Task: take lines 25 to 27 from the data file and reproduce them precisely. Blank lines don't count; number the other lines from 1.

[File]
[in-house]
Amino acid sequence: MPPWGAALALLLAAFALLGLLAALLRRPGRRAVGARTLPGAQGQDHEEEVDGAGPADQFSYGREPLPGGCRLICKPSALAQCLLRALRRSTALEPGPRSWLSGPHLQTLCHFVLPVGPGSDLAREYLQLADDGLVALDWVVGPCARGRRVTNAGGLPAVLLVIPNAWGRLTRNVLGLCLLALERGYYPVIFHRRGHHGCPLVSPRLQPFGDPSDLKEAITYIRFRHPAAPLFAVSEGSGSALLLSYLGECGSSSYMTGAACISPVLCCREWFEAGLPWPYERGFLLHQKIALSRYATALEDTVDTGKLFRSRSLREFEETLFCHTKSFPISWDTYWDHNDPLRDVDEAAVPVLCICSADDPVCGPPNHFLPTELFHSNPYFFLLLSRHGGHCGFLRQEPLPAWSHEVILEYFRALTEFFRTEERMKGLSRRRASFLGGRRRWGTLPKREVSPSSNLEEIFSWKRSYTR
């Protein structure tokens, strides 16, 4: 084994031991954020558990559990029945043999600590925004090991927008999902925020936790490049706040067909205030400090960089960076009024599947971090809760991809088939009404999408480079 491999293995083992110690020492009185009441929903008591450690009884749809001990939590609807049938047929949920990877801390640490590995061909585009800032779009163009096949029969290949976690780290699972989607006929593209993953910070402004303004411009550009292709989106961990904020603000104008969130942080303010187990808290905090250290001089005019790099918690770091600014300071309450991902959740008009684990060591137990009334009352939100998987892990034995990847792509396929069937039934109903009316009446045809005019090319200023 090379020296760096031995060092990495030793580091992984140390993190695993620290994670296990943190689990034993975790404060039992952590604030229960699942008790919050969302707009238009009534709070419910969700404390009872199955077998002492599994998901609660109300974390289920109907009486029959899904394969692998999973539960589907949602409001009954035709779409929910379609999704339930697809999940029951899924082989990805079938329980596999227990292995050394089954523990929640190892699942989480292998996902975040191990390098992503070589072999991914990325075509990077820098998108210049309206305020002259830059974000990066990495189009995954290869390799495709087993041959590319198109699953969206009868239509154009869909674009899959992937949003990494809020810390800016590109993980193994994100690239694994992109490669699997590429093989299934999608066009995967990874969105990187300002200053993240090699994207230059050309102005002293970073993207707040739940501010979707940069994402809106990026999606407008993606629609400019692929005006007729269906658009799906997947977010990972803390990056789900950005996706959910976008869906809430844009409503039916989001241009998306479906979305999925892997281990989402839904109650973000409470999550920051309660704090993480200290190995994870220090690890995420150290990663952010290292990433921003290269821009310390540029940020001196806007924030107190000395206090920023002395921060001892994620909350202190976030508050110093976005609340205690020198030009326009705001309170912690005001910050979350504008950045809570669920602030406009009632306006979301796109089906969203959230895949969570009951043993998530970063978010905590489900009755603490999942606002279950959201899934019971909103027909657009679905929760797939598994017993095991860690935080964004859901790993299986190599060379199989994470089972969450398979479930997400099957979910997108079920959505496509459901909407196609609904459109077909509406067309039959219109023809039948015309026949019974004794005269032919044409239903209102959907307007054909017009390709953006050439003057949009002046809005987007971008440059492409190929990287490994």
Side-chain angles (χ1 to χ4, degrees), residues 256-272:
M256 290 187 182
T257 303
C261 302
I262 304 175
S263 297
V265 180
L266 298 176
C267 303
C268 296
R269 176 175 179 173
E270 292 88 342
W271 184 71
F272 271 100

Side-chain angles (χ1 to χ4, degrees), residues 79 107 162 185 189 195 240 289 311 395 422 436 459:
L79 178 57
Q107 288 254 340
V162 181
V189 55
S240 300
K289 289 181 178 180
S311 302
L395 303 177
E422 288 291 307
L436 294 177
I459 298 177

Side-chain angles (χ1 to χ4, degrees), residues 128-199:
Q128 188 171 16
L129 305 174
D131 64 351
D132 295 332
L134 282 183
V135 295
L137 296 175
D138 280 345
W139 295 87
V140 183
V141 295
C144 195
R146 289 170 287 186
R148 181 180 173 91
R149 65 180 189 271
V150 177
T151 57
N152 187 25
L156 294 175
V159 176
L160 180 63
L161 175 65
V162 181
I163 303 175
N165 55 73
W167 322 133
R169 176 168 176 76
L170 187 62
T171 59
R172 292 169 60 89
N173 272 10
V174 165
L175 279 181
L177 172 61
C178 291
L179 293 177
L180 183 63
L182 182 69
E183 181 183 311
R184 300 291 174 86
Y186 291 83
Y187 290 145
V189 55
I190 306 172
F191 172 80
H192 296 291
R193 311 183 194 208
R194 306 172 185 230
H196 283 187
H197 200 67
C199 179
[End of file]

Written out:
S311 302
L395 303 177
E422 288 291 307